In 1978, Whale Cloth Press in Cambridge, MA published Robert Grenier’s Sentences in an interesting box of 500 5 in. x 8 in. white index cards with snippets of poetry on them. Most of them are slice-of-life or simply nonsensical, alone or connected to one another. The box is an indigo fabric with different flaps folding together to create the sides.
At first, I wondered how the poetry fit together, but after a bit of research I discovered the publishing company’s website. They have now released an online version of the work which can be read here.
This site arranges the cards in a random order, which suggests that there is no particular order in which they should be read because they are, in fact, just bits and pieces of poetry that all sort of fit together in a nonsensical way. Grenier himself said, when an interviewer asked what the relation of one card to another was, “None. But you can make one.” Even for the author, this collection of mini-poems as a complete experience is very personal. Each reader will have a different interpretation and create different scenarios from the arbitrary order of the cards.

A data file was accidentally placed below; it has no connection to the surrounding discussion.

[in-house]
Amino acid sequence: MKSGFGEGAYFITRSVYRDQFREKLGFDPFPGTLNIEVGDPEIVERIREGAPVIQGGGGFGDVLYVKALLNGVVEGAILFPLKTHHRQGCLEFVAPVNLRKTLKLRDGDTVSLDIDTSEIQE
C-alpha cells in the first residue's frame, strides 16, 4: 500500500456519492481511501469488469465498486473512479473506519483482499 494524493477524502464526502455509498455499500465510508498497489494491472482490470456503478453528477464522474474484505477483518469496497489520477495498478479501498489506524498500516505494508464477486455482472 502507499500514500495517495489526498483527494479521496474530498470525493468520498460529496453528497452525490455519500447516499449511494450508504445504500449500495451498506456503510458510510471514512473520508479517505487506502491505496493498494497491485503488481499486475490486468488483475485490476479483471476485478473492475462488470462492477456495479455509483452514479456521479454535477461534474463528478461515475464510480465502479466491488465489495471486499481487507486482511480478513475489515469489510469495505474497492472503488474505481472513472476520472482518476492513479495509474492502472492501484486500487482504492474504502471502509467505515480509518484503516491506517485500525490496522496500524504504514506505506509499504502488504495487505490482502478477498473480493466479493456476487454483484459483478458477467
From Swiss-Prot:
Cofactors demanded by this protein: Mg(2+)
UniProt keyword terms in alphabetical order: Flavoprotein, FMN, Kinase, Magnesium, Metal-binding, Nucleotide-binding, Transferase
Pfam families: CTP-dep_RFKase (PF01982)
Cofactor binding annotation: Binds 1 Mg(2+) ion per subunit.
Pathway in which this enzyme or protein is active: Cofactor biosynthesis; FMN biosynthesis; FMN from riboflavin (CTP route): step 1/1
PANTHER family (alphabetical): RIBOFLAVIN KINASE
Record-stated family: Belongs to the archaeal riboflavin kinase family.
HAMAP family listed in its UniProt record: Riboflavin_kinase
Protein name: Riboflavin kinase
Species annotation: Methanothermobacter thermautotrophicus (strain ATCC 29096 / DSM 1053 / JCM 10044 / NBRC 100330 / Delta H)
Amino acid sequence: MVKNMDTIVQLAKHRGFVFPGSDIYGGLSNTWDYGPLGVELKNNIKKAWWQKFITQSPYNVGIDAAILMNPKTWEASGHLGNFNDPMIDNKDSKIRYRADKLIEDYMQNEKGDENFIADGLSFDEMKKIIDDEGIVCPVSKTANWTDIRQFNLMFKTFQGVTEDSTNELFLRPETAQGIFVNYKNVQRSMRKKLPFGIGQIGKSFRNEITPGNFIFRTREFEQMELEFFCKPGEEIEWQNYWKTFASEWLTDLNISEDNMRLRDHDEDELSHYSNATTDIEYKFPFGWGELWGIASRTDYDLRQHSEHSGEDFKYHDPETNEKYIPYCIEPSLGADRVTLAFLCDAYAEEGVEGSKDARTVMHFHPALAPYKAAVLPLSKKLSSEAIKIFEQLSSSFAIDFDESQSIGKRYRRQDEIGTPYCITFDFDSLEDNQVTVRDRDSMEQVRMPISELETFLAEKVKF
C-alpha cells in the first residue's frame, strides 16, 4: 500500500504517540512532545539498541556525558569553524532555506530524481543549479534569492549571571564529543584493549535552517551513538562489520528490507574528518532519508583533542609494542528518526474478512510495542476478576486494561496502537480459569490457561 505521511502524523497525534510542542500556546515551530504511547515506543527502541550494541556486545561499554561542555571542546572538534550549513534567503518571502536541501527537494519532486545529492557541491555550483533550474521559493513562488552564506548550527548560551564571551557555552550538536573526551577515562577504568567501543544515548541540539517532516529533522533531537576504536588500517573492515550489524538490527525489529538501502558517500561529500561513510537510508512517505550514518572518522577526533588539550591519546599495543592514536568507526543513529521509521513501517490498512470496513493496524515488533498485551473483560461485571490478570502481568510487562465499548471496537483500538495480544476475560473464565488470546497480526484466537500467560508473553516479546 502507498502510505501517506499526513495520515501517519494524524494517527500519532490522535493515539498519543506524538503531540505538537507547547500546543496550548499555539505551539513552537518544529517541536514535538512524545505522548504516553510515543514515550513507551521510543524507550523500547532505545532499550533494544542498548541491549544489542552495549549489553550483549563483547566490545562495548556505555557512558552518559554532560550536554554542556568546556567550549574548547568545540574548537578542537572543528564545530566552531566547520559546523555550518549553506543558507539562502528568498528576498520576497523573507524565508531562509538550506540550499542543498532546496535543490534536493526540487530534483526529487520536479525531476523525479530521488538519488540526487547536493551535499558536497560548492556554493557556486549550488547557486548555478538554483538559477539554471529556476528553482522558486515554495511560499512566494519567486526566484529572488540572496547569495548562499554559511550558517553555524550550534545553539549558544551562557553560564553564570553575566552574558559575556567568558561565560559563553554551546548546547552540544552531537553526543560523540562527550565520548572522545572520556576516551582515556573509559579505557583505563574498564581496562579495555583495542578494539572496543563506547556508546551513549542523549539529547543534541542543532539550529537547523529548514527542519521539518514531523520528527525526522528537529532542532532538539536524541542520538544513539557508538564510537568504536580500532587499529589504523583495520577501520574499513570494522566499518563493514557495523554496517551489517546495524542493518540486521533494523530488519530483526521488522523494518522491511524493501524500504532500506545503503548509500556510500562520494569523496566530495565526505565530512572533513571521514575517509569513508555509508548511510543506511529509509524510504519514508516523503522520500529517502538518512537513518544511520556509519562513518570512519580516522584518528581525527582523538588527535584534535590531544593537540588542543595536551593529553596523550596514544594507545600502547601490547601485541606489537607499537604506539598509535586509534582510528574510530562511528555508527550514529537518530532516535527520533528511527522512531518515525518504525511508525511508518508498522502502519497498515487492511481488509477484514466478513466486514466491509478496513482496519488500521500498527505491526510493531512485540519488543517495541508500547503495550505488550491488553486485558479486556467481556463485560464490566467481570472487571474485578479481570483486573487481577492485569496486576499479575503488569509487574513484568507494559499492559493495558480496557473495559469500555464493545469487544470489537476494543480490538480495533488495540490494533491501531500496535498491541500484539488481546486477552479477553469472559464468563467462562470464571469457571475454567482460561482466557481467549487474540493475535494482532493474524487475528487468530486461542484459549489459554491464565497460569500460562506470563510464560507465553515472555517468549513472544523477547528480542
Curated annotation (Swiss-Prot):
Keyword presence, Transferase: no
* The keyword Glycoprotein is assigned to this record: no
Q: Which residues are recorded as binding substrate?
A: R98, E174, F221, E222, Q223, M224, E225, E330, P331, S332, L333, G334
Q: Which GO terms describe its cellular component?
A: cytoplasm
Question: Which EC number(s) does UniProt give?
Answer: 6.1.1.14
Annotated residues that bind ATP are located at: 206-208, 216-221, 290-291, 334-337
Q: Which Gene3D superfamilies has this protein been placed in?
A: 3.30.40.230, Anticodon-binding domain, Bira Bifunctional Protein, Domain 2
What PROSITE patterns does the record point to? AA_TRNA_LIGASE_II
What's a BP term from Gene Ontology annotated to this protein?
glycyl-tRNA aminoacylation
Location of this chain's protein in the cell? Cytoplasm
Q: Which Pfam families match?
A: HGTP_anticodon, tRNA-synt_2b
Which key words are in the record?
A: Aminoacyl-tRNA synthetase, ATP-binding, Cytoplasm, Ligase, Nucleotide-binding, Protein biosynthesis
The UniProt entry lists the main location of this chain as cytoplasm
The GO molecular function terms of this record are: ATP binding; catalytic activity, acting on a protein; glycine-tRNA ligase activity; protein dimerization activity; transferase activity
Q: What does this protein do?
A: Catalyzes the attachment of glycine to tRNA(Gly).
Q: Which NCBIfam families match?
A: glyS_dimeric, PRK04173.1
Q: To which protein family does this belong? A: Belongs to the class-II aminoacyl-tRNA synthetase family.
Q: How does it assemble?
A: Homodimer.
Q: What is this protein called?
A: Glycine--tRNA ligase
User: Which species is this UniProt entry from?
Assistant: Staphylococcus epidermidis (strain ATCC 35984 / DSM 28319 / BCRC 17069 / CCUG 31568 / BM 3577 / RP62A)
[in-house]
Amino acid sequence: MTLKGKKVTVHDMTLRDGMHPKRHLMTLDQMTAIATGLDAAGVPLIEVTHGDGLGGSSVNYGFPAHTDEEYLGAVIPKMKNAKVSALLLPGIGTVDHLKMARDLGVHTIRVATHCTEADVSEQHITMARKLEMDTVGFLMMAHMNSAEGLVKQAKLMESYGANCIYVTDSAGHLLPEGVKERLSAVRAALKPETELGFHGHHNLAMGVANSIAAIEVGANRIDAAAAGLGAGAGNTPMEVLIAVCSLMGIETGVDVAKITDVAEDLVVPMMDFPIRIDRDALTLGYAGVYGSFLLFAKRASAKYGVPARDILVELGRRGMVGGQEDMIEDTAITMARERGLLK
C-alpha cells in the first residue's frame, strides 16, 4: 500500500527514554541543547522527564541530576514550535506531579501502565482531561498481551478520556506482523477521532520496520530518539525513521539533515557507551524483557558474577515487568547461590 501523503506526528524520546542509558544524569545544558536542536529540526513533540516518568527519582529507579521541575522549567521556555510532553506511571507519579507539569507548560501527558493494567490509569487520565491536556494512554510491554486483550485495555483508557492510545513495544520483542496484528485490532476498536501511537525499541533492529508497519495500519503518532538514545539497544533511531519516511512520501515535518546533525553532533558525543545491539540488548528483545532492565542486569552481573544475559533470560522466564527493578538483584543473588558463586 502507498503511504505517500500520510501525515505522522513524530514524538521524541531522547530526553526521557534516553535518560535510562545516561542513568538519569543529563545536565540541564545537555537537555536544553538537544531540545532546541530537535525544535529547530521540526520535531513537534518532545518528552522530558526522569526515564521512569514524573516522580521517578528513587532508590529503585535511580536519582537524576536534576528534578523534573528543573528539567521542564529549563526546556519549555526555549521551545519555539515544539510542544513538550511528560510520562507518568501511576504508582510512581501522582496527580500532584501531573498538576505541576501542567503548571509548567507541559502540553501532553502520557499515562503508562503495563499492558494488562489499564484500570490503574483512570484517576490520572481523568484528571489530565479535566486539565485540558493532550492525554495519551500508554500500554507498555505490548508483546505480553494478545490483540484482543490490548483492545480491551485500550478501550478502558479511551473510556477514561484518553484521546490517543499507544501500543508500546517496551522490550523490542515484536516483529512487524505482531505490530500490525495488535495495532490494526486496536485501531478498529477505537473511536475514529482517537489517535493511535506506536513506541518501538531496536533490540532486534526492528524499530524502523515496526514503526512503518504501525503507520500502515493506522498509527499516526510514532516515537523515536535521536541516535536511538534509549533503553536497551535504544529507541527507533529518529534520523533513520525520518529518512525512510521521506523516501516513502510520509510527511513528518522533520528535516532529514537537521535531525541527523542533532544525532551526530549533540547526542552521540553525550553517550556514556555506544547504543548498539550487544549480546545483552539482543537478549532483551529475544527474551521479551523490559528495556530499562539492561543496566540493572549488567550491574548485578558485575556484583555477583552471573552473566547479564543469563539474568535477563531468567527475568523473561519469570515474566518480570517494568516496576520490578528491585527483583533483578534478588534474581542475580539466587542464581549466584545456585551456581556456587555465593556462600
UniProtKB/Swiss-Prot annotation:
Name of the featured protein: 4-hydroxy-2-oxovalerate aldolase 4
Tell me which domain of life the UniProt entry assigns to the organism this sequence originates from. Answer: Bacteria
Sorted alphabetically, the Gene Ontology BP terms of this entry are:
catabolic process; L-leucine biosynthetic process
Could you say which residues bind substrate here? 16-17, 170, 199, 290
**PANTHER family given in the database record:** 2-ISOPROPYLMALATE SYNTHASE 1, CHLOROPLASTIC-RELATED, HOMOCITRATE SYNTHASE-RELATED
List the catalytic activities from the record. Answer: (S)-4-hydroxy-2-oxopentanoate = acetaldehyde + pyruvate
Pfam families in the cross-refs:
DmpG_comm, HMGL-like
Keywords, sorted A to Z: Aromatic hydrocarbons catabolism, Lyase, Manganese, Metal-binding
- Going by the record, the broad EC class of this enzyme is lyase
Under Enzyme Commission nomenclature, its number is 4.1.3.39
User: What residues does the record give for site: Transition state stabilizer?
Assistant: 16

From all I’ve read of it, Sentences reminds me of summer afternoons with my family, the first day of school and how it feels to spend time with a friend and realize how close you’ve become. One blogger describes it particularly well, saying that when he reads things like this he feels, “nostalgic even for things that are happening right at that time.”